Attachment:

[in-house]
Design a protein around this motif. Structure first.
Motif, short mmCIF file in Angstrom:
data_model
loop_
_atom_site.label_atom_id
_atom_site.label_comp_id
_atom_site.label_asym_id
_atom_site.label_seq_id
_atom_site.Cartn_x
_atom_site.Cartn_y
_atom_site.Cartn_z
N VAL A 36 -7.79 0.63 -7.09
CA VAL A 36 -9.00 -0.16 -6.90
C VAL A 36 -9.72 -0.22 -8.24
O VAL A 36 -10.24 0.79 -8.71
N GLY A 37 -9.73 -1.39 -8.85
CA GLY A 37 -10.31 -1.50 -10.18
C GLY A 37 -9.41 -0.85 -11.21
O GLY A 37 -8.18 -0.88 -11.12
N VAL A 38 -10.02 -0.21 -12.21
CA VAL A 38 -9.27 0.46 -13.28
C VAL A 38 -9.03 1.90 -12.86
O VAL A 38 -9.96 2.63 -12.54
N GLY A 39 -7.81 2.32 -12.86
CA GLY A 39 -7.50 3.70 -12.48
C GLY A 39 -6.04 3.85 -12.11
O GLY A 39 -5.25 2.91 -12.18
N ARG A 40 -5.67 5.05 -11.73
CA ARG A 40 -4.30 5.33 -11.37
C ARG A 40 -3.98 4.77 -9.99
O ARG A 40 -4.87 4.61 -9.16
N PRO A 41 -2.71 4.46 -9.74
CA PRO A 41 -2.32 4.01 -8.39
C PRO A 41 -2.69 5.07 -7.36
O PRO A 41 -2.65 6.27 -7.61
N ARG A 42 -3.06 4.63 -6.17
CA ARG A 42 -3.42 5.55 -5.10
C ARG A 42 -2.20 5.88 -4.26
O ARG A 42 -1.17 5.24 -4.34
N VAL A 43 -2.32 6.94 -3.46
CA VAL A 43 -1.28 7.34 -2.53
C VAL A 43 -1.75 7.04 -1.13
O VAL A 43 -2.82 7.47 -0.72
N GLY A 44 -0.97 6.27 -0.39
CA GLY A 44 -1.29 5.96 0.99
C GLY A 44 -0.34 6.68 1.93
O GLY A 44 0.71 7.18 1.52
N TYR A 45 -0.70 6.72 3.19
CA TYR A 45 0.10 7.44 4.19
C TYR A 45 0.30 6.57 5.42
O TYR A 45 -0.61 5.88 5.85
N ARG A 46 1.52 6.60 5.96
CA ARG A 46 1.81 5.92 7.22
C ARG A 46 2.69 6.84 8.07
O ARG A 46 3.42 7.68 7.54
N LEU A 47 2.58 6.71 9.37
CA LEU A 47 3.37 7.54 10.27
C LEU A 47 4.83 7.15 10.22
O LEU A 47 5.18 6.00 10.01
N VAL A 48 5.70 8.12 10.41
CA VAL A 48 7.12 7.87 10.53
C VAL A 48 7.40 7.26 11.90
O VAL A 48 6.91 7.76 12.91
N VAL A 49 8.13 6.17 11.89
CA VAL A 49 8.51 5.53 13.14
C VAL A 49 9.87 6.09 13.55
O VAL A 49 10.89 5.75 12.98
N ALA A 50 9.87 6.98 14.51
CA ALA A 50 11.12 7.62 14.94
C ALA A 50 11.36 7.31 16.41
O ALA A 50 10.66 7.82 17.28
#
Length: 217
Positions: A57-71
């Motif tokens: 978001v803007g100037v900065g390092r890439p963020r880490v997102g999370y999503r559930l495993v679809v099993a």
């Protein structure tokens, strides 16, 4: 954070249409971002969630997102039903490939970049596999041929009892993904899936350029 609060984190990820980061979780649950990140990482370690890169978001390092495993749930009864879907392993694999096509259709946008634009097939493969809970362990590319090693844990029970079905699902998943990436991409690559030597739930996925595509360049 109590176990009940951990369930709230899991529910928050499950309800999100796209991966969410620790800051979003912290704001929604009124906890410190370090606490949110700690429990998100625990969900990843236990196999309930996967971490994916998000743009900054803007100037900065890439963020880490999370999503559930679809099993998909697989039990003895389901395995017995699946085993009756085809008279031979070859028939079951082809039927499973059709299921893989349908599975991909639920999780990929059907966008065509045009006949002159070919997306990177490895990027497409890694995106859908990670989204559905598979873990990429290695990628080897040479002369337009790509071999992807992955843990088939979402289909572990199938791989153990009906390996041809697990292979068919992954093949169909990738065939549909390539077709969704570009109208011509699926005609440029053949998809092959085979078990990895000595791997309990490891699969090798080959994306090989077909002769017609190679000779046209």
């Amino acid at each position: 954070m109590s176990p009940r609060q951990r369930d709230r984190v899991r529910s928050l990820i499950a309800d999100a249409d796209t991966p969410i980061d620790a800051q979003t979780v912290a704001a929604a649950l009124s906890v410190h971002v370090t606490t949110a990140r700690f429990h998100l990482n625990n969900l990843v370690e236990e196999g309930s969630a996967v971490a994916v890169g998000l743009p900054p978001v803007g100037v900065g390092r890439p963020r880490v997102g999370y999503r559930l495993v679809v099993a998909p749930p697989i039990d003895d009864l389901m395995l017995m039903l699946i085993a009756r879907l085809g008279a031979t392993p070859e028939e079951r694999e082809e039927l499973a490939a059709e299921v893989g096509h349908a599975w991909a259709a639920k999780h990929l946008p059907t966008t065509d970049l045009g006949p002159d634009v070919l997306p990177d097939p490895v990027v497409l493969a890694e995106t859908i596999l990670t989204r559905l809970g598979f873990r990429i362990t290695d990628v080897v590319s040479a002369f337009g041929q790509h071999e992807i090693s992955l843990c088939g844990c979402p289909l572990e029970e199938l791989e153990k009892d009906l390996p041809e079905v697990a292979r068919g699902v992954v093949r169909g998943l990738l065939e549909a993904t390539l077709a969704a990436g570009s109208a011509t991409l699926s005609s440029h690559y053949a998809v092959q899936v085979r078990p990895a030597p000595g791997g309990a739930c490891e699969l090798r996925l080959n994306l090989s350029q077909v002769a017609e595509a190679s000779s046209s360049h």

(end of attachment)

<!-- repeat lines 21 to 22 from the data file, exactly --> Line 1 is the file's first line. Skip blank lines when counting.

N VAL A 38 -10.02 -0.21 -12.21
CA VAL A 38 -9.27 0.46 -13.28